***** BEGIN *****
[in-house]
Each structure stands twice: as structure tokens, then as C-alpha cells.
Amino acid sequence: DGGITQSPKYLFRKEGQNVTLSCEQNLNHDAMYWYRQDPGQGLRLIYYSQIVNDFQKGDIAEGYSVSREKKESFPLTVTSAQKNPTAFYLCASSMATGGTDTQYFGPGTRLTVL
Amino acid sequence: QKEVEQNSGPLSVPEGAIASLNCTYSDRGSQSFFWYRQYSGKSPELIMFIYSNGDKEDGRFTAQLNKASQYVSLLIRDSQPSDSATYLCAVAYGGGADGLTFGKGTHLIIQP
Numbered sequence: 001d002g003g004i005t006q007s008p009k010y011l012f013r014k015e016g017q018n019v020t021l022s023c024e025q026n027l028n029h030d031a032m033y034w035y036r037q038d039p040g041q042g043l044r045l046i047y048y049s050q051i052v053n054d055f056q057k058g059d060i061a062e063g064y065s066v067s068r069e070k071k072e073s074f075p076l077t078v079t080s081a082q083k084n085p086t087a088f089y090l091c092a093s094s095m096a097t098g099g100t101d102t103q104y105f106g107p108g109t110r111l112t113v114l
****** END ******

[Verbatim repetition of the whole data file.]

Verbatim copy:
[in-house]
Each structure stands twice: as structure tokens, then as C-alpha cells.
Amino acid sequence: DGGITQSPKYLFRKEGQNVTLSCEQNLNHDAMYWYRQDPGQGLRLIYYSQIVNDFQKGDIAEGYSVSREKKESFPLTVTSAQKNPTAFYLCASSMATGGTDTQYFGPGTRLTVL
Amino acid sequence: QKEVEQNSGPLSVPEGAIASLNCTYSDRGSQSFFWYRQYSGKSPELIMFIYSNGDKEDGRFTAQLNKASQYVSLLIRDSQPSDSATYLCAVAYGGGADGLTFGKGTHLIIQP
Numbered sequence: 001d002g003g004i005t006q007s008p009k010y011l012f013r014k015e016g017q018n019v020t021l022s023c024e025q026n027l028n029h030d031a032m033y034w035y036r037q038d039p040g041q042g043l044r045l046i047y048y049s050q051i052v053n054d055f056q057k058g059d060i061a062e063g064y065s066v067s068r069e070k071k072e073s074f075p076l077t078v079t080s081a082q083k084n085p086t087a088f089y090l091c092a093s094s095m096a097t098g099g100t101d102t103q104y105f106g107p108g109t110r111l112t113v114l